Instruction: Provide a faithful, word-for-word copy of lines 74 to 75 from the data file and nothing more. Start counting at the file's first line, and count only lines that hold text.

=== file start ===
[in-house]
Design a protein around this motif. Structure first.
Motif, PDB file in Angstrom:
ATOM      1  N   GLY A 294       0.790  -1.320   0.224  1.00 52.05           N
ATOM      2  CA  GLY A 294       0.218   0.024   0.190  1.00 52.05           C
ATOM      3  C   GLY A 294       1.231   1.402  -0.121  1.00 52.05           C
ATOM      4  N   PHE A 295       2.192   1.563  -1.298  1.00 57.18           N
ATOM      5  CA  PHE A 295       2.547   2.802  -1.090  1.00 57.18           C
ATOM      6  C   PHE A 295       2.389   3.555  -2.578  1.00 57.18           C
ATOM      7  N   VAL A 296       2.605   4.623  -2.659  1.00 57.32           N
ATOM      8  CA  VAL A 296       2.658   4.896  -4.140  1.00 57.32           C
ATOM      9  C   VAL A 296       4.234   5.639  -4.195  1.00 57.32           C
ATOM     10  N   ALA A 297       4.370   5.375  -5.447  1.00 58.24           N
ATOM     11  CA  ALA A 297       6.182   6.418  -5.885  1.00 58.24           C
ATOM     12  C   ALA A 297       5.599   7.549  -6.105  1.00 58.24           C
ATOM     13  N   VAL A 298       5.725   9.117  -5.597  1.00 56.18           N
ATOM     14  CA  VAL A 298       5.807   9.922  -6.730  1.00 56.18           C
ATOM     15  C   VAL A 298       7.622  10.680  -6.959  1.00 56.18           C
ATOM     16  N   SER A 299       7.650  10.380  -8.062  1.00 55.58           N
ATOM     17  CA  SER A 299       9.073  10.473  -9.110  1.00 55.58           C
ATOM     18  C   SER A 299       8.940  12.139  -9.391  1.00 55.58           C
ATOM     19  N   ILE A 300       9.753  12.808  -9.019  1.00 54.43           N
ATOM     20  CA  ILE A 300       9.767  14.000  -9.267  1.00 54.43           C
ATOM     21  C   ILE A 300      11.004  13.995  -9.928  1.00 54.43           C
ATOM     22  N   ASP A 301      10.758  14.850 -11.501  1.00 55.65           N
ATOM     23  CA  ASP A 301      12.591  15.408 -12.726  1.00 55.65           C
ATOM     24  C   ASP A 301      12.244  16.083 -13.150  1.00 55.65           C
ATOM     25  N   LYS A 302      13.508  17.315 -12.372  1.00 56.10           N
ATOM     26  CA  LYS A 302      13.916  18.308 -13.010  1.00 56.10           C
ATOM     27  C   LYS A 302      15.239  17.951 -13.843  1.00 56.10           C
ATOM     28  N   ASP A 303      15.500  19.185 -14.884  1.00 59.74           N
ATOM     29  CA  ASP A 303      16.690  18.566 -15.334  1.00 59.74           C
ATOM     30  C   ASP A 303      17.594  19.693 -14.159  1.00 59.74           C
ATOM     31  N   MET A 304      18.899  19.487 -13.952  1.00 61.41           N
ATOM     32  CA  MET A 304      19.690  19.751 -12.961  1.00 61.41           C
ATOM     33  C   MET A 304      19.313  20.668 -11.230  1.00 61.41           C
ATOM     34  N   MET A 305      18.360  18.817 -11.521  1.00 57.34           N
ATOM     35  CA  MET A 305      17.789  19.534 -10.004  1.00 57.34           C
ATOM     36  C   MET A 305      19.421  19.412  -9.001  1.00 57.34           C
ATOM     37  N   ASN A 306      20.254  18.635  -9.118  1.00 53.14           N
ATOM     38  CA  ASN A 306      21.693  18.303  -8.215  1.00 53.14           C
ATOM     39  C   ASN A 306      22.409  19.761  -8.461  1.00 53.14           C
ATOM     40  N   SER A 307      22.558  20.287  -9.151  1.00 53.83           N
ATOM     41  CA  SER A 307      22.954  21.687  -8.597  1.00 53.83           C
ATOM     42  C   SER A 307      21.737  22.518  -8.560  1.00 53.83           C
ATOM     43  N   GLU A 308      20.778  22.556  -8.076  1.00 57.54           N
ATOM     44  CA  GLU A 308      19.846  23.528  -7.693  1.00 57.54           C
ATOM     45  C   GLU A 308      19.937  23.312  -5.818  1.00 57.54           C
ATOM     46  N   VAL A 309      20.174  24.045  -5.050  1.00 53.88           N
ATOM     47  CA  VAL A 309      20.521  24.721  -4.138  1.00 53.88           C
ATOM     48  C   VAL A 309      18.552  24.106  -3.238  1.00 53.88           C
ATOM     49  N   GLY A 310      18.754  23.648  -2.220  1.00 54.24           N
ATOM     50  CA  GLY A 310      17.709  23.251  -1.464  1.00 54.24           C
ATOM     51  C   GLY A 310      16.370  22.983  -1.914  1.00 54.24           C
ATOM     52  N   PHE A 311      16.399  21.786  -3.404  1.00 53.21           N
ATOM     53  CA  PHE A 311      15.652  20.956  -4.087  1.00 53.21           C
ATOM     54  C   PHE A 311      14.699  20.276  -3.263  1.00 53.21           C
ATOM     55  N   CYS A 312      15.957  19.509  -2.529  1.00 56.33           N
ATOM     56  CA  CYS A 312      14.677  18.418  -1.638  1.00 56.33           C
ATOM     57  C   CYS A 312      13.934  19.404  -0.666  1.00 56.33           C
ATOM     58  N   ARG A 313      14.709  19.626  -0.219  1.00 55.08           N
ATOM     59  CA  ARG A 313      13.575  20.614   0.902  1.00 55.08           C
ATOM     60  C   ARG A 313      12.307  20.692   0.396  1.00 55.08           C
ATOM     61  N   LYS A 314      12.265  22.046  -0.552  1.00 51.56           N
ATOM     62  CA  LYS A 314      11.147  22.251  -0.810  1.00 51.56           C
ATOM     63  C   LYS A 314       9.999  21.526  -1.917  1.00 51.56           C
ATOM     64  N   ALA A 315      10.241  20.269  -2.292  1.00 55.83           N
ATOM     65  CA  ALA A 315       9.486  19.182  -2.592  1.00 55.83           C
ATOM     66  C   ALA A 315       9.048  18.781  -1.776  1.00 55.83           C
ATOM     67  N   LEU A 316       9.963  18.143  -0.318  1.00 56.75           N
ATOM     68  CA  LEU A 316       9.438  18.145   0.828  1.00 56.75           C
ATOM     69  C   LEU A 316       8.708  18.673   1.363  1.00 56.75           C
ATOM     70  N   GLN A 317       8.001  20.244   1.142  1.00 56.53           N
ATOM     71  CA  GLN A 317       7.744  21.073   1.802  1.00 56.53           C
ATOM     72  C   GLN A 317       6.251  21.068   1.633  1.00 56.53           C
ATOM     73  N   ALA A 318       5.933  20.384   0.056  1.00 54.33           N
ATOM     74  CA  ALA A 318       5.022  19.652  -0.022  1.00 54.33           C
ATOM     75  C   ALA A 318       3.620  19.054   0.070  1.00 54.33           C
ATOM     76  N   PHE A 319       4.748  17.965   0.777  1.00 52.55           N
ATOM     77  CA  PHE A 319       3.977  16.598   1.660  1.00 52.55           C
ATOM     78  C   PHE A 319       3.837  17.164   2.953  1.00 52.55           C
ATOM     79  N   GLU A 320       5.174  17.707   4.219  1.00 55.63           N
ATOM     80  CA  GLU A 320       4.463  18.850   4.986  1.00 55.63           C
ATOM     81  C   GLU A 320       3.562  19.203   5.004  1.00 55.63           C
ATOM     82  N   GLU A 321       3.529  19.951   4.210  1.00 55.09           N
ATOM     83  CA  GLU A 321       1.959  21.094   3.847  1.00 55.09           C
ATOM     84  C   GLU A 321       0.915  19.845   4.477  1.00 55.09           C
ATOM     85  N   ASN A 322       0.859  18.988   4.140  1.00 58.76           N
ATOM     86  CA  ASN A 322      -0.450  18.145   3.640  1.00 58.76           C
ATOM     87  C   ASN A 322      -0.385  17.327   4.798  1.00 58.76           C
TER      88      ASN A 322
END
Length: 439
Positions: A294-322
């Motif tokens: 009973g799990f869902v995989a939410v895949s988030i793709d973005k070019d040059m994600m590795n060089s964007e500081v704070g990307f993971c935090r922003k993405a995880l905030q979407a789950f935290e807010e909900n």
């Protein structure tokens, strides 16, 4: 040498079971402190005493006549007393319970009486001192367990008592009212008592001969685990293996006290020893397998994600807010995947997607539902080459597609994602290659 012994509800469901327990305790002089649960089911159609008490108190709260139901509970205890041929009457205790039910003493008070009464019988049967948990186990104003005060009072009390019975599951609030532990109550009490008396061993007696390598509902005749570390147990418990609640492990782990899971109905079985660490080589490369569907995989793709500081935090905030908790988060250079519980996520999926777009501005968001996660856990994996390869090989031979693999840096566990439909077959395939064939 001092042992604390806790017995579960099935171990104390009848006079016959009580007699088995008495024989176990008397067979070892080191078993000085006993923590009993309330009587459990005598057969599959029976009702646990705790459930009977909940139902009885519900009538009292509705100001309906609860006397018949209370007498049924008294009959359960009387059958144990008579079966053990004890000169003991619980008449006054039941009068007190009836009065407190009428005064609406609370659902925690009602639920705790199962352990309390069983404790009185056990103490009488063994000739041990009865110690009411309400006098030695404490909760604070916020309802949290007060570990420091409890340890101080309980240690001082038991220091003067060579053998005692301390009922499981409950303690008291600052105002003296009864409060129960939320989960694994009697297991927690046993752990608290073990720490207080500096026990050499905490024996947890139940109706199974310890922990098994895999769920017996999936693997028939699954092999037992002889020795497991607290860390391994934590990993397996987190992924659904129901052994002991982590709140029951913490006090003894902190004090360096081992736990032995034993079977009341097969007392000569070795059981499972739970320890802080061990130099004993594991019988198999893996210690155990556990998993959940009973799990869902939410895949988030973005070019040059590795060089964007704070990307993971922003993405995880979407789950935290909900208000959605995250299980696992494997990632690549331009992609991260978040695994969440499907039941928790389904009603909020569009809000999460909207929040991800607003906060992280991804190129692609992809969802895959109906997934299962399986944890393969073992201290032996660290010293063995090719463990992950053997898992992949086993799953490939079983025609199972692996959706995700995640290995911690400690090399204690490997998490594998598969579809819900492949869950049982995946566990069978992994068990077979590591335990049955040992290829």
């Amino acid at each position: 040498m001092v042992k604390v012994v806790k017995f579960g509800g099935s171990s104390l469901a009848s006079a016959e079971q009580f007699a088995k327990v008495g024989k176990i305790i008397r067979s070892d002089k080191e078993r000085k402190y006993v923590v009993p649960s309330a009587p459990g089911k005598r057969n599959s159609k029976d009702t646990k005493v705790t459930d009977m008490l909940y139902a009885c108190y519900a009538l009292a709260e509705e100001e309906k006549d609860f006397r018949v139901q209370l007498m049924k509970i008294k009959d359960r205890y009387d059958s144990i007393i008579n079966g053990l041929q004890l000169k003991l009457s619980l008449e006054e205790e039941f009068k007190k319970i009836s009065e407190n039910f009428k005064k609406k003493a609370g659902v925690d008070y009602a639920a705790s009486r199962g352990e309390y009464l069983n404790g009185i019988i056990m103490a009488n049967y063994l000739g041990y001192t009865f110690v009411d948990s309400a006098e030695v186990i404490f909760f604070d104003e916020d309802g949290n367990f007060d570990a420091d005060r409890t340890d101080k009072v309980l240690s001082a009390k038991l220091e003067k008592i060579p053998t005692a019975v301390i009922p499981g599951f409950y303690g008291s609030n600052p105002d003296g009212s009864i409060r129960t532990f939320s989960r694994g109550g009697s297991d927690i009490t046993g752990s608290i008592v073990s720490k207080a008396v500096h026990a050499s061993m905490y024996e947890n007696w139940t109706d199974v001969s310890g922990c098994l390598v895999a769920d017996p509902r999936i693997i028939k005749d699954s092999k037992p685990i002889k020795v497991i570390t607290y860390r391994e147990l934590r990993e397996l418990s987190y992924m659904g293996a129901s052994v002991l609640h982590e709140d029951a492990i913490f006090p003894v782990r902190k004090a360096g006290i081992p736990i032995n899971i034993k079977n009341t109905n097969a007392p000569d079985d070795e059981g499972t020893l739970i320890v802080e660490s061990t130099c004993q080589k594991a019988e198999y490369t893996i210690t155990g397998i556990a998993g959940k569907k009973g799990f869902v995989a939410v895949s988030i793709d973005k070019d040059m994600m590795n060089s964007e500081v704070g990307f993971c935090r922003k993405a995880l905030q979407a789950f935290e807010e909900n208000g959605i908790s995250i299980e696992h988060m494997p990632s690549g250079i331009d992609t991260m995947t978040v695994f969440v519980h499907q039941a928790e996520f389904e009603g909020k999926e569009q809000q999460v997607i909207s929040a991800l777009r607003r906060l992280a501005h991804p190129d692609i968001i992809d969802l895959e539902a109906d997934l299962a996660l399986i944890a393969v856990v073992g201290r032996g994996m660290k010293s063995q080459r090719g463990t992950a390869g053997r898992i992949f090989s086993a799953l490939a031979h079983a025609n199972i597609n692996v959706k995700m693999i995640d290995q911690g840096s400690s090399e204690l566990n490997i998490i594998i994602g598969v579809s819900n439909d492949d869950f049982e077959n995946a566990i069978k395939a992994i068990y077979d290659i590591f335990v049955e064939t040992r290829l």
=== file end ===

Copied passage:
ATOM     71  CA  GLN A 317       7.744  21.073   1.802  1.00 56.53           C
ATOM     72  C   GLN A 317       6.251  21.068   1.633  1.00 56.53           C